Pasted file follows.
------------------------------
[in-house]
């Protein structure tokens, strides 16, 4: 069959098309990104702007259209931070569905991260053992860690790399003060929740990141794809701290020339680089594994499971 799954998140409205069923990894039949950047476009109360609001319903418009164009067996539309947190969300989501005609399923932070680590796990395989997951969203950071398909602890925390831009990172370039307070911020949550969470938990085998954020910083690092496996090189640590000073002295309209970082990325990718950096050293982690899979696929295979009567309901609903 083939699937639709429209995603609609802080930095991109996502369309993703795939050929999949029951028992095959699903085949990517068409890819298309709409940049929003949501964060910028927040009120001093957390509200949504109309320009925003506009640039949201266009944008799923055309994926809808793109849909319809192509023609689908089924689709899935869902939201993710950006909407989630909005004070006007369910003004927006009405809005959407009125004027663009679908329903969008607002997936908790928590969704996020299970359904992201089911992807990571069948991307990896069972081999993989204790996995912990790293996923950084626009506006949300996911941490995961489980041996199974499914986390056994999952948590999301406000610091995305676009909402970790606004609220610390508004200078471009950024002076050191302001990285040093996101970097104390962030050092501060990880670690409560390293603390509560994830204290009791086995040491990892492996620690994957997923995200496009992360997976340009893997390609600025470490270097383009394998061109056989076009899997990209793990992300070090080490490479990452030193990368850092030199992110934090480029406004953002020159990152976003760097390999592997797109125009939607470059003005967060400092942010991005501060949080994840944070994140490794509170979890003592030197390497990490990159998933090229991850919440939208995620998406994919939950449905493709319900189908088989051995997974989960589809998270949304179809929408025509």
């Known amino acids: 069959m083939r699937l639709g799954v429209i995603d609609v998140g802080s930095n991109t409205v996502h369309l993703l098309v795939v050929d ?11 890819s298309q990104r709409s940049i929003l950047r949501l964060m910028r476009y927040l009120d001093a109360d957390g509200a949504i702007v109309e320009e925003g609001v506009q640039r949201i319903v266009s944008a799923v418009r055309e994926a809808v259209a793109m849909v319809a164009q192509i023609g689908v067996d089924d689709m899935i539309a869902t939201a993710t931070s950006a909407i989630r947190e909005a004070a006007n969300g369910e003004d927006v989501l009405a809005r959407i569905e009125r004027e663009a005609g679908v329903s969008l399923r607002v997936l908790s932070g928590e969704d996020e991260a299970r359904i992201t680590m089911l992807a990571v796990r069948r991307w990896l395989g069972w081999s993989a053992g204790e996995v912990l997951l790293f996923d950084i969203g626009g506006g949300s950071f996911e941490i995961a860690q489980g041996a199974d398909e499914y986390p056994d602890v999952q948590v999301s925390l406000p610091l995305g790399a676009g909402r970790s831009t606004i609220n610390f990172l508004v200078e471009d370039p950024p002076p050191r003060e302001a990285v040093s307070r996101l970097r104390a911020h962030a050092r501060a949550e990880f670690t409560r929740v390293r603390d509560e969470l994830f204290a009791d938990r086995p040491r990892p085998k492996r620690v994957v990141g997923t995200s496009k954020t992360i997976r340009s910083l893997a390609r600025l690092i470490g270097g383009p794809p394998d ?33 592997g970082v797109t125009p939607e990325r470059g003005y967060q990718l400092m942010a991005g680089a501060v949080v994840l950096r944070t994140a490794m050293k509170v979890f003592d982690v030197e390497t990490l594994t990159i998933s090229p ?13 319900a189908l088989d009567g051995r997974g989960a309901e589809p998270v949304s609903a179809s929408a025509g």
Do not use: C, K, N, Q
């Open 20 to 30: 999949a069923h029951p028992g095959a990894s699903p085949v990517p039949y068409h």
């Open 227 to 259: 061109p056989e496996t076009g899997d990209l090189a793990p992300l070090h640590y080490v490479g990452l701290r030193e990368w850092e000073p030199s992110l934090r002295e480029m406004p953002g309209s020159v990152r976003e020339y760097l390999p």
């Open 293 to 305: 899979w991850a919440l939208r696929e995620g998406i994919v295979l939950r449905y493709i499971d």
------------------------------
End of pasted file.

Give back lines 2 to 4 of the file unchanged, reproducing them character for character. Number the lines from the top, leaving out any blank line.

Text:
């Protein structure tokens, strides 16, 4: 069959098309990104702007259209931070569905991260053992860690790399003060929740990141794809701290020339680089594994499971 799954998140409205069923990894039949950047476009109360609001319903418009164009067996539309947190969300989501005609399923932070680590796990395989997951969203950071398909602890925390831009990172370039307070911020949550969470938990085998954020910083690092496996090189640590000073002295309209970082990325990718950096050293982690899979696929295979009567309901609903 083939699937639709429209995603609609802080930095991109996502369309993703795939050929999949029951028992095959699903085949990517068409890819298309709409940049929003949501964060910028927040009120001093957390509200949504109309320009925003506009640039949201266009944008799923055309994926809808793109849909319809192509023609689908089924689709899935869902939201993710950006909407989630909005004070006007369910003004927006009405809005959407009125004027663009679908329903969008607002997936908790928590969704996020299970359904992201089911992807990571069948991307990896069972081999993989204790996995912990790293996923950084626009506006949300996911941490995961489980041996199974499914986390056994999952948590999301406000610091995305676009909402970790606004609220610390508004200078471009950024002076050191302001990285040093996101970097104390962030050092501060990880670690409560390293603390509560994830204290009791086995040491990892492996620690994957997923995200496009992360997976340009893997390609600025470490270097383009394998061109056989076009899997990209793990992300070090080490490479990452030193990368850092030199992110934090480029406004953002020159990152976003760097390999592997797109125009939607470059003005967060400092942010991005501060949080994840944070994140490794509170979890003592030197390497990490990159998933090229991850919440939208995620998406994919939950449905493709319900189908088989051995997974989960589809998270949304179809929408025509």
């Known amino acids: 069959m083939r699937l639709g799954v429209i995603d609609v998140g802080s930095n991109t409205v996502h369309l993703l098309v795939v050929d ?11 890819s298309q990104r709409s940049i929003l950047r949501l964060m910028r476009y927040l009120d001093a109360d957390g509200a949504i702007v109309e320009e925003g609001v506009q640039r949201i319903v266009s944008a799923v418009r055309e994926a809808v259209a793109m849909v319809a164009q192509i023609g689908v067996d089924d689709m899935i539309a869902t939201a993710t931070s950006a909407i989630r947190e909005a004070a006007n969300g369910e003004d927006v989501l009405a809005r959407i569905e009125r004027e663009a005609g679908v329903s969008l399923r607002v997936l908790s932070g928590e969704d996020e991260a299970r359904i992201t680590m089911l992807a990571v796990r069948r991307w990896l395989g069972w081999s993989a053992g204790e996995v912990l997951l790293f996923d950084i969203g626009g506006g949300s950071f996911e941490i995961a860690q489980g041996a199974d398909e499914y986390p056994d602890v999952q948590v999301s925390l406000p610091l995305g790399a676009g909402r970790s831009t606004i609220n610390f990172l508004v200078e471009d370039p950024p002076p050191r003060e302001a990285v040093s307070r996101l970097r104390a911020h962030a050092r501060a949550e990880f670690t409560r929740v390293r603390d509560e969470l994830f204290a009791d938990r086995p040491r990892p085998k492996r620690v994957v990141g997923t995200s496009k954020t992360i997976r340009s910083l893997a390609r600025l690092i470490g270097g383009p794809p394998d ?33 592997g970082v797109t125009p939607e990325r470059g003005y967060q990718l400092m942010a991005g680089a501060v949080v994840l950096r944070t994140a490794m050293k509170v979890f003592d982690v030197e390497t990490l594994t990159i998933s090229p ?13 319900a189908l088989d009567g051995r997974g989960a309901e589809p998270v949304s609903a179809s929408a025509g």
Do not use: C, K, N, Q